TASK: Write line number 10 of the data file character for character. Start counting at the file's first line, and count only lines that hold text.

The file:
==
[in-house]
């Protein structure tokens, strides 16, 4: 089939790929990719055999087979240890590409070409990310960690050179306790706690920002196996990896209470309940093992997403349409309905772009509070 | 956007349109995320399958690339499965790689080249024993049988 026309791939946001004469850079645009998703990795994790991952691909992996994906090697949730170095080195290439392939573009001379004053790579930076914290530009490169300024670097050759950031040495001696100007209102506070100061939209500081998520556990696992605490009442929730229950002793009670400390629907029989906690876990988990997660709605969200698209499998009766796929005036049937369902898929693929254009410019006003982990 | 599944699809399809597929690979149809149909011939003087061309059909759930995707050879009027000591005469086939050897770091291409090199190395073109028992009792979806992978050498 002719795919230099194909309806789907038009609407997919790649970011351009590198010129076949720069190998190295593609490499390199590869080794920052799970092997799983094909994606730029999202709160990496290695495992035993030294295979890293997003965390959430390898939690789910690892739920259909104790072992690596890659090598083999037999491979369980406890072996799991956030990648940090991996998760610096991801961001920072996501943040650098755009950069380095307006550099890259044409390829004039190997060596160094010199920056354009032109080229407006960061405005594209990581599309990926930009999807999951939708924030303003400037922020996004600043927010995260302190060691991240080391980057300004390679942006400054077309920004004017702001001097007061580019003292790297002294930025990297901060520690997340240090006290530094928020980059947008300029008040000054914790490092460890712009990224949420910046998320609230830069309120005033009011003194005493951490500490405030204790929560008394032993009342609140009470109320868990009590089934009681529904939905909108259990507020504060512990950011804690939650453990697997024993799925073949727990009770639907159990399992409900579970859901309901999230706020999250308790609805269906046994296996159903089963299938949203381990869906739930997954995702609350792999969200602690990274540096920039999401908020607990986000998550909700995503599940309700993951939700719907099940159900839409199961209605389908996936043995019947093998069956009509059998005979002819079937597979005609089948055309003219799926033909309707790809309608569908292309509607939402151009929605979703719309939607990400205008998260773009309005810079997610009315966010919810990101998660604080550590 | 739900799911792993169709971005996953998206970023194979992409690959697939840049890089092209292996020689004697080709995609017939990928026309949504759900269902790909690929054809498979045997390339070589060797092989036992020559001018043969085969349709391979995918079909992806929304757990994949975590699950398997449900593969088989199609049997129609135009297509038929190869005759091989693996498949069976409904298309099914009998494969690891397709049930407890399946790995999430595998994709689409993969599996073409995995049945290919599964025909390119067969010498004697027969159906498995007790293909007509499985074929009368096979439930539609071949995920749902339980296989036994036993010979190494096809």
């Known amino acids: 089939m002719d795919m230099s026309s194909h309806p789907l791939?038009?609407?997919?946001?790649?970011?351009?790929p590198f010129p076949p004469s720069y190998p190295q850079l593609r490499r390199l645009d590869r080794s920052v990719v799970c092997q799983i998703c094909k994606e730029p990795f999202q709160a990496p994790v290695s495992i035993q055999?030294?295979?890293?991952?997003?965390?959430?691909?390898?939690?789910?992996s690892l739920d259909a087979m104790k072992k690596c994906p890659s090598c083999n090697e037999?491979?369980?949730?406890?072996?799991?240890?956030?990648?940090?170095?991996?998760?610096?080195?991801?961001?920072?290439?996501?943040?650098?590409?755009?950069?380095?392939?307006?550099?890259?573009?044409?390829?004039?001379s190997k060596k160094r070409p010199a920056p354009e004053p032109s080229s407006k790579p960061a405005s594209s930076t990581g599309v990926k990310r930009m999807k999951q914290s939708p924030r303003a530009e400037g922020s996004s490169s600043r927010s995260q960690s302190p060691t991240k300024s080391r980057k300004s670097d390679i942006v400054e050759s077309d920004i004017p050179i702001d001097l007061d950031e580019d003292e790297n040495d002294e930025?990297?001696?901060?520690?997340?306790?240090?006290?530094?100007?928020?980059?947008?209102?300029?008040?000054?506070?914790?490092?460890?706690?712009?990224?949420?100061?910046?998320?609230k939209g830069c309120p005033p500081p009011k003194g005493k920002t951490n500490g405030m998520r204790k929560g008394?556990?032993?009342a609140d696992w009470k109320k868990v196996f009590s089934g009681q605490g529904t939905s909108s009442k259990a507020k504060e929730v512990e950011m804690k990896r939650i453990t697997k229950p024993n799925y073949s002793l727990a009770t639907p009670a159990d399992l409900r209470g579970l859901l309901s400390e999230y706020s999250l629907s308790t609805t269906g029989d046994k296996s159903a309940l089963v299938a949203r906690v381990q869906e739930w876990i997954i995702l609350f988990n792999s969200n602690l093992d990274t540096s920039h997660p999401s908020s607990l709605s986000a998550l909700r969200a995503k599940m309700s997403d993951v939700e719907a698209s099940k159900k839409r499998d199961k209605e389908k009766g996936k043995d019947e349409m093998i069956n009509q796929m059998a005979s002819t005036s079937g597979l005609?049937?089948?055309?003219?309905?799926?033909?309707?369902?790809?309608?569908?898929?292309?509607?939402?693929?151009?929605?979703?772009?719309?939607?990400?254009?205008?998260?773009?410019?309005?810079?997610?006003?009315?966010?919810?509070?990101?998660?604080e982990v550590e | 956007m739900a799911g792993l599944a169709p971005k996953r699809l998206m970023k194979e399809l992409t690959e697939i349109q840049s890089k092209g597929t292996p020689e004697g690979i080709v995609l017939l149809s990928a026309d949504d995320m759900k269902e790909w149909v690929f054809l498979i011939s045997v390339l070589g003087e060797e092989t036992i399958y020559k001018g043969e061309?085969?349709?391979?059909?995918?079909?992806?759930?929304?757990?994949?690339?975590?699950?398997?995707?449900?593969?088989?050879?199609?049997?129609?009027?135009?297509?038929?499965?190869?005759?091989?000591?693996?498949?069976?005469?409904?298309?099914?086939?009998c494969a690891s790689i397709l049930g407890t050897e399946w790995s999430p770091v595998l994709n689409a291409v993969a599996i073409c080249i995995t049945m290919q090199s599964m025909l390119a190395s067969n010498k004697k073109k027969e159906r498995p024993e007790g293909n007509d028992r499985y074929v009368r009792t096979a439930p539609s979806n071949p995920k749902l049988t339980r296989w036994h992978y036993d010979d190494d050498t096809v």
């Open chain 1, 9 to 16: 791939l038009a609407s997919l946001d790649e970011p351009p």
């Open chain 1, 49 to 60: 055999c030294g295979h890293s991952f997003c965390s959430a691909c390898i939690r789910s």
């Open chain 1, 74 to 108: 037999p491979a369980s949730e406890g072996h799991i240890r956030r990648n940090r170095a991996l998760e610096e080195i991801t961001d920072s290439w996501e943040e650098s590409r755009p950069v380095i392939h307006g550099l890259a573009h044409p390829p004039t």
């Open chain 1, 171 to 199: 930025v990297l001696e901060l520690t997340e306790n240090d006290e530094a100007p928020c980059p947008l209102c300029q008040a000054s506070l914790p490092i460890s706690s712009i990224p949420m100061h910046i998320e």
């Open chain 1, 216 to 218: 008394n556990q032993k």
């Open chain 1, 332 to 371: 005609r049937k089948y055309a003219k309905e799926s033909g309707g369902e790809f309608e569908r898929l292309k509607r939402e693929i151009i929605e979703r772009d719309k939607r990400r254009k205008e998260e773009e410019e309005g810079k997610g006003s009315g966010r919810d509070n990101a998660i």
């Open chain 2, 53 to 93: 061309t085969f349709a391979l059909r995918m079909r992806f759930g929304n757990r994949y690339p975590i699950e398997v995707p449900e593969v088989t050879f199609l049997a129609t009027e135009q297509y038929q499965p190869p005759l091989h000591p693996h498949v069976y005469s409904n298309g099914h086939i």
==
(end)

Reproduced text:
């Open chain 2, 53 to 93: 061309t085969f349709a391979l059909r995918m079909r992806f759930g929304n757990r994949y690339p975590i699950e398997v995707p449900e593969v088989t050879f199609l049997a129609t009027e135009q297509y038929q499965p190869p005759l091989h000591p693996h498949v069976y005469s409904n298309g099914h086939i």